The hot topic in education these days is science, technology, engineering and math, the so-called STEM classes. Both public and private school districts have even dedicated entire campuses where the focus is on the STEM subjects. In addition, short-term coding programs – called coding boot camps – have popped up in cities across the nation that promise to teach students from all walks of life how to code in as little as twelve weeks. These programs not only profess a graduation rate of more than 90-percent, graduates can also expect to earn a six-figure salary with several companies competing to hire them. Sounds like being a coder or getting our kids immersed in a STEM program is the golden ticket to a bright future in terms of employment, right? Not so fast, says billionaire investor Mark Cuban.
In a recent Bloomberg TV interview, Cuban predicted that the next wave of technological innovation will be the “automation of automation” where things like the math and software needed to run computers and machines will be written by the computers and machines themselves. That means that the need for coders, developers, and engineers will decrease, and decrease drastically. In other words, technology will ironically be the cause of the demise of all these great jobs in technology. “There are no manufacturing jobs coming back. There are no coal mining jobs coming back,” Cuban said. He thinks that tech jobs will go the same way when it comes to the evolution of jobs.
For Cuban, high school kids deciding on their college major - and their parents that are footing the bill for the degree - might want to take a second look at liberal arts majors. “What looks like a great job graduating from college today may be not be a great job graduating from college five years or 10 years from now,” said Cuban. “I personally think there’s going to be a greater demand in 10 years for liberal arts majors than for programming majors and maybe even engineering,” Cuban said, while citing degrees in English, philosophy and foreign language degrees in particular.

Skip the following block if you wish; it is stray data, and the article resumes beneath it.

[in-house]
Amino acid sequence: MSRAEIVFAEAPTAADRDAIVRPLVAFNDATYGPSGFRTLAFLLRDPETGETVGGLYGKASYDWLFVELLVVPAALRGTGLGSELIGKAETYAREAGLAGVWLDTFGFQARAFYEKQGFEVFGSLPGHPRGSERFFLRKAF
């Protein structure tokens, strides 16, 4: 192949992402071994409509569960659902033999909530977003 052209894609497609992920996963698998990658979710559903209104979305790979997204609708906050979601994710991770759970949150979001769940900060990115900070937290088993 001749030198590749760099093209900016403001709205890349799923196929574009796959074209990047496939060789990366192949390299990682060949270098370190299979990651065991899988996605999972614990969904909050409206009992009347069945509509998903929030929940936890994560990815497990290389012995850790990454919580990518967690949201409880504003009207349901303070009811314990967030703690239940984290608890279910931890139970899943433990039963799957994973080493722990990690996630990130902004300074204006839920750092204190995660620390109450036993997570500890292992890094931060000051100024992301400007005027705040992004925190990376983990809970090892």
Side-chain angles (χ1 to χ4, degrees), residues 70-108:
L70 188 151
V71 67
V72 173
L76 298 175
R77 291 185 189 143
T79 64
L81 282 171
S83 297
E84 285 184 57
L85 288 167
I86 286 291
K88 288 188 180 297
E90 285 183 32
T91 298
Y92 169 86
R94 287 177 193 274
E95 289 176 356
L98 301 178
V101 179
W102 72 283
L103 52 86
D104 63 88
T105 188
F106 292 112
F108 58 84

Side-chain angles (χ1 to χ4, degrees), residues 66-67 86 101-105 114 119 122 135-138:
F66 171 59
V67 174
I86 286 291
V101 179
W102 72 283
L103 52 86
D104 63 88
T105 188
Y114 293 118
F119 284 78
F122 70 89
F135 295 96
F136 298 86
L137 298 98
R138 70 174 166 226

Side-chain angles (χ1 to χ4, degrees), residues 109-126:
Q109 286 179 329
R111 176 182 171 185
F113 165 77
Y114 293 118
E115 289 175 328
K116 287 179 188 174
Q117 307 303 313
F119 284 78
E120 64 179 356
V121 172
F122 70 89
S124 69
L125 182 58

To get a better idea of what the future of jobs look like in the next 10 years, I talked to Michael Rogers, a New York-based author and futurist speaker. Rogers helps companies and organizations think eight to ten years in the future, based on technology and demographics, to establish a point on the horizon toward which they can navigate as they make decisions.
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Mark Fadden (MF): “In your opinion, what does the next 10 years hold in terms of the changes and innovations we will see in job opportunities and employment?”
Michael Rogers (MR): “First, increased use of artificial intelligence (AI) and robotics, which will probably lead to net unemployment, but also new opportunities in fields such as human-computer collaboration and robot repair.
“We’ll also see a decrease in traditional full-time jobs as more corporations outsource and sub-contract much of their non-core work. That’s a problem in terms of letting young workers plan for the future, but it may also give them more freedom to move between jobs for increased personal satisfaction. It will be important for government and private industry to figure out ways that benefits—such as healthcare, disability and unemployment insurance and retirement accounts—can also become more flexible and portable for both freelancers and frequent job-changers.”